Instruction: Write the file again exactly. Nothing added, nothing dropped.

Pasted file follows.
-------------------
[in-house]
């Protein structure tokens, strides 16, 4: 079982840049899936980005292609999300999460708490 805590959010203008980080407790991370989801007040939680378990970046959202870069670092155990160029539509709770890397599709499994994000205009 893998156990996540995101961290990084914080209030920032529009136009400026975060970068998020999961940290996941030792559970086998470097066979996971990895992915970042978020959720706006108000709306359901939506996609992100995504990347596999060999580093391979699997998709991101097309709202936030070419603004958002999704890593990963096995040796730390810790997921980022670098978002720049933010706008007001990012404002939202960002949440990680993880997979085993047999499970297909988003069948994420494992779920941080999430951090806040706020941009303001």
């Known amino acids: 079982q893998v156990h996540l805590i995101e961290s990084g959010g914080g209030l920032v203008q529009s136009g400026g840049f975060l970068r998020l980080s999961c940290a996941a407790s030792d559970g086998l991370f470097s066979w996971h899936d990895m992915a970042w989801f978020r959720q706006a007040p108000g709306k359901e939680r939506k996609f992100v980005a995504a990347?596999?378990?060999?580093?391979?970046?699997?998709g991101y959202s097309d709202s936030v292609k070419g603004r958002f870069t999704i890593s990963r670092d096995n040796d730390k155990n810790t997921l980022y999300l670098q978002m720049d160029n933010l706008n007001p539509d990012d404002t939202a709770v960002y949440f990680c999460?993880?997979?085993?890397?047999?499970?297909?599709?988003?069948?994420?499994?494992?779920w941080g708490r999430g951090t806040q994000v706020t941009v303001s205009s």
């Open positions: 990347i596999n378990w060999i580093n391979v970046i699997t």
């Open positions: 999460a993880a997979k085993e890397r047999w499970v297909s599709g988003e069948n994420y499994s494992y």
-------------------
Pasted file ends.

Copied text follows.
[in-house]
């Protein structure tokens, strides 16, 4: 079982840049899936980005292609999300999460708490 805590959010203008980080407790991370989801007040939680378990970046959202870069670092155990160029539509709770890397599709499994994000205009 893998156990996540995101961290990084914080209030920032529009136009400026975060970068998020999961940290996941030792559970086998470097066979996971990895992915970042978020959720706006108000709306359901939506996609992100995504990347596999060999580093391979699997998709991101097309709202936030070419603004958002999704890593990963096995040796730390810790997921980022670098978002720049933010706008007001990012404002939202960002949440990680993880997979085993047999499970297909988003069948994420494992779920941080999430951090806040706020941009303001």
């Known amino acids: 079982q893998v156990h996540l805590i995101e961290s990084g959010g914080g209030l920032v203008q529009s136009g400026g840049f975060l970068r998020l980080s999961c940290a996941a407790s030792d559970g086998l991370f470097s066979w996971h899936d990895m992915a970042w989801f978020r959720q706006a007040p108000g709306k359901e939680r939506k996609f992100v980005a995504a990347?596999?378990?060999?580093?391979?970046?699997?998709g991101y959202s097309d709202s936030v292609k070419g603004r958002f870069t999704i890593s990963r670092d096995n040796d730390k155990n810790t997921l980022y999300l670098q978002m720049d160029n933010l706008n007001p539509d990012d404002t939202a709770v960002y949440f990680c999460?993880?997979?085993?890397?047999?499970?297909?599709?988003?069948?994420?499994?494992?779920w941080g708490r999430g951090t806040q994000v706020t941009v303001s205009s």
């Open positions: 990347i596999n378990w060999i580093n391979v970046i699997t």
């Open positions: 999460a993880a997979k085993e890397r047999w499970v297909s599709g988003e069948n994420y499994s494992y």